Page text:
The concept of love and hate, not surprisingly, can be applied in our relationship with money. In this post, I would be looking at the particularly vexatious circumstance of having a love-hate relationship with money.
What’s a love-hate relationship?
A love-hate relationship can be described as a situation in which you experience alternating feelings of love and hate towards a love (or hate) interest. In a love-hate relationship, your emotions towards the object switches from love to hate and forth. It mostly happens when emotions are intense.
Here’s an analogy, Jack has a crush on a Jane and his love for her drives him to do all he can to get her. However, Jack hates Jane at the same time for being with another guy and not giving attention to him. There goes Jack, in a typical love-hate relationship.
You love money and desire to have it in abundance. However, at the same time and for some reasons, you have conflicting hateful feelings towards money. You become unnecessarily nervous and anxious whenever it comes to dealing with money, and in some cases will prefer someone else to handle it for you.
Unresolved issues with money not only makes sure you earn far below your potential, but it also makes you unhappy and affects your general wellbeing.
Let’s briefly look at some of the factors that can cause a love-hate relationship with money.
Your love-hate relationship with money can be caused by numerous social, psychological or religious factors. Here are three significant factors to consider.
Your religious beliefs are fundamental to grooming your perceptions about a lot of things and money is not an exception. It’s not uncommon for some religions or faith to teach that money is the root of all evil. They would probably back this assertion up with how the love of money is the leading cause of social vices and crime.
With this kind of belief system, you begin to perceive money as something that is relevant, and at the same time also a means evil. The end product is that you work all day because you know money is important and at the same time feel it’s spiritually wrong to want to have money.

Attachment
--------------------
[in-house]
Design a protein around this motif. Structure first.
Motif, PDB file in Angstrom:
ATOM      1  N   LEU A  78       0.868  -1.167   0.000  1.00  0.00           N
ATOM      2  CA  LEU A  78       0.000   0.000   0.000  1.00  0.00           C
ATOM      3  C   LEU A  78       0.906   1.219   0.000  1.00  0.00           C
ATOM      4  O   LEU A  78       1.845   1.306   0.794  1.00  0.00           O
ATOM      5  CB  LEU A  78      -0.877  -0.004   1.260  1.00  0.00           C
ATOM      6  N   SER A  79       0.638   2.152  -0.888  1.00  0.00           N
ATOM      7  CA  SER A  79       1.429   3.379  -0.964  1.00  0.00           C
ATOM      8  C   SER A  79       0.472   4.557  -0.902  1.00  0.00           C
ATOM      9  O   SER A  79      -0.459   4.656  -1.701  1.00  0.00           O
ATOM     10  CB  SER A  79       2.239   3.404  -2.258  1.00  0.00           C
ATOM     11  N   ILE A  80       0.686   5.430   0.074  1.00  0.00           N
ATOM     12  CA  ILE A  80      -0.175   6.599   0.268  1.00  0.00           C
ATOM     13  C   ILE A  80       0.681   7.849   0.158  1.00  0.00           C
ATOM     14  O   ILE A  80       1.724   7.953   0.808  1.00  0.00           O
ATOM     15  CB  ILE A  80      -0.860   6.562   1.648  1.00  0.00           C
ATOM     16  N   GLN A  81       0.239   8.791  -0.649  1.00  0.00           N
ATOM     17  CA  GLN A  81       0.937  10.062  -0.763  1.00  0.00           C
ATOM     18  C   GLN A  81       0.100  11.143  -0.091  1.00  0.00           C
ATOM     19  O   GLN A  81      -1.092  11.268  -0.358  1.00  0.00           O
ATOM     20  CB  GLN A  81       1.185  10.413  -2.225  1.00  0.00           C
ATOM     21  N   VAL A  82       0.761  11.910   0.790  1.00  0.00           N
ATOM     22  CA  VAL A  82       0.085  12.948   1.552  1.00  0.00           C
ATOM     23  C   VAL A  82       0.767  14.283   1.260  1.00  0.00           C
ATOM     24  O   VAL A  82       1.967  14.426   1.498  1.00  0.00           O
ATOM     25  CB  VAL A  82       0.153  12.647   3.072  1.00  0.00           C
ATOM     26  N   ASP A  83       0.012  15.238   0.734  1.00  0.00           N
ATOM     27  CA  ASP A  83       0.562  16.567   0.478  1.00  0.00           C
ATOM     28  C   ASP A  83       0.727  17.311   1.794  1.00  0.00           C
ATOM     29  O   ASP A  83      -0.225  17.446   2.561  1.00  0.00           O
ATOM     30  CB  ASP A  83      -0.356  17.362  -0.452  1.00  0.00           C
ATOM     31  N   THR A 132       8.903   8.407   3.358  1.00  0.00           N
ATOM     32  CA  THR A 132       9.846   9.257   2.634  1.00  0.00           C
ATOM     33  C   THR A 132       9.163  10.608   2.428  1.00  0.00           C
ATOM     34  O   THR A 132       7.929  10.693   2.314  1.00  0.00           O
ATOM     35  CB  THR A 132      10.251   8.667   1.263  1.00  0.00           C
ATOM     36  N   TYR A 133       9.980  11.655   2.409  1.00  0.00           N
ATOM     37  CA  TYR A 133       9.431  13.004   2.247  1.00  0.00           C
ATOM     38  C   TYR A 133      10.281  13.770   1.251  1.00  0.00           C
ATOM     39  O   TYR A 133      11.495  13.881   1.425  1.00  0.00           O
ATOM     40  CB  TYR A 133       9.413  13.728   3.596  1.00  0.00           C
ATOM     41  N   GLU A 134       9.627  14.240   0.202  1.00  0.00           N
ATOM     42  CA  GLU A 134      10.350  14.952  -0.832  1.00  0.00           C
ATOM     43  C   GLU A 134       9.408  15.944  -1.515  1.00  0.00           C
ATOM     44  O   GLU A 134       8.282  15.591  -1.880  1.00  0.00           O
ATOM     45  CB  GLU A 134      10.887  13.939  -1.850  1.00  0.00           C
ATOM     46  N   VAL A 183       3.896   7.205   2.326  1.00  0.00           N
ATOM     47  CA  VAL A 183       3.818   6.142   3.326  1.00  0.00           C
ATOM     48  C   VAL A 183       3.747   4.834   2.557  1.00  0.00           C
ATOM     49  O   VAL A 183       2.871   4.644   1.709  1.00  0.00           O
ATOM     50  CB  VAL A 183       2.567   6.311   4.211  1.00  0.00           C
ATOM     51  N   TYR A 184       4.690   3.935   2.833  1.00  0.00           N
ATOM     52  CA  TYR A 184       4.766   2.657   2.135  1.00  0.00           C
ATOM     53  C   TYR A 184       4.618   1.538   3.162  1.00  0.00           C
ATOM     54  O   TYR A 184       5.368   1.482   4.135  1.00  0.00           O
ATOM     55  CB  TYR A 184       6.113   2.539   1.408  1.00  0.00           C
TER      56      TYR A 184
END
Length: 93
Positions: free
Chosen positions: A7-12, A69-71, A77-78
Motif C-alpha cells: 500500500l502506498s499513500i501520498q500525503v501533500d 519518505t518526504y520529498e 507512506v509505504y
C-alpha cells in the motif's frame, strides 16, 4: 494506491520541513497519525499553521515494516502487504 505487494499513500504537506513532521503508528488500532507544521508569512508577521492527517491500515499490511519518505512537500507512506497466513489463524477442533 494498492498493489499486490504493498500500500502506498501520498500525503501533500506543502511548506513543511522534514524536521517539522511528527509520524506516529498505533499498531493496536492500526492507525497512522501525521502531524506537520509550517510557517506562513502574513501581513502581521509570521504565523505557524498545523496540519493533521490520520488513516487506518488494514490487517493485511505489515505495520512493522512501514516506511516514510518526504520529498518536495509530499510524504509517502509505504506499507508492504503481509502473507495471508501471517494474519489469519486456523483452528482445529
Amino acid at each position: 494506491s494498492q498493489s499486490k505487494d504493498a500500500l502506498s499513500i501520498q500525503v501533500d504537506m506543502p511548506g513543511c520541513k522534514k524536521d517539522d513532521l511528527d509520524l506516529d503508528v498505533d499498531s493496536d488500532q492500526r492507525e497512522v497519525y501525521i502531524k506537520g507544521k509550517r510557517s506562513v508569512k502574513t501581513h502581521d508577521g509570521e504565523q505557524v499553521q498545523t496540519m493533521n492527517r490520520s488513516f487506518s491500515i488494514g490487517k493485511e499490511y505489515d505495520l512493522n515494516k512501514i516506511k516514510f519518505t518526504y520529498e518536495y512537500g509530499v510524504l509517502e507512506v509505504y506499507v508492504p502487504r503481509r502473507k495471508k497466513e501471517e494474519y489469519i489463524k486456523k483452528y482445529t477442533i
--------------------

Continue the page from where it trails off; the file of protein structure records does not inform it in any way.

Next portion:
You aspire to just earn enough to pay your bills, and when you struggle financially, your resentment towards money will only increase.
You enviously consider anyone amassing and enjoying wealth to be materialistic and therefore less spiritual or evil even.
Your upbringing also plays a role in determining whether you have a love-hate relationship with money. If you’re born with a silver spoon or come into a large inheritance and is used to getting what you want without having to work for it, you might have a disdainful attitude towards handling money. Somehow, you have been raised to believe that dealing with money and acquiring it is a less-than-noble pursuit.
Things take a turn for the worse, and you are forced to work to make money and handle the ‘unpleasant’ aspects of financial responsibilities.
You might feel that working for money as well as asking for appropriate remuneration for your efforts is demeaning.
On the other hand, if you grew up in a household where money, or the lack of it, is a constant issue, you might grow into adulthood with the deep-seated belief that money is bad because you associate your family troubles with it. Your relationship with money may tend to be difficult.
Use money and love people. Don’t love money and use people.Joseph Prince
This can make you lose it emotionally when it comes to money. Have you had investments that went sour or taken risks that turned out unproductive?
Losing all your money in a business venture can make you resentful.
You tend to blame your desire for wealth for the financial loss you incurred and the pain it caused. Moreover, this may reaffirm the belief that love of money is evil.
Now that we have highlighted a few causes let’s now consider how the love-hate relationship with money can affect your finances and how you live your life.
When you have a love-hate relationship with money, it affects every aspect of your life. You’re driven between extremes of believing that money will do a lot for you and at the same time feeling that money is tainted. Here are some of the effects of a love-hate relationship with money.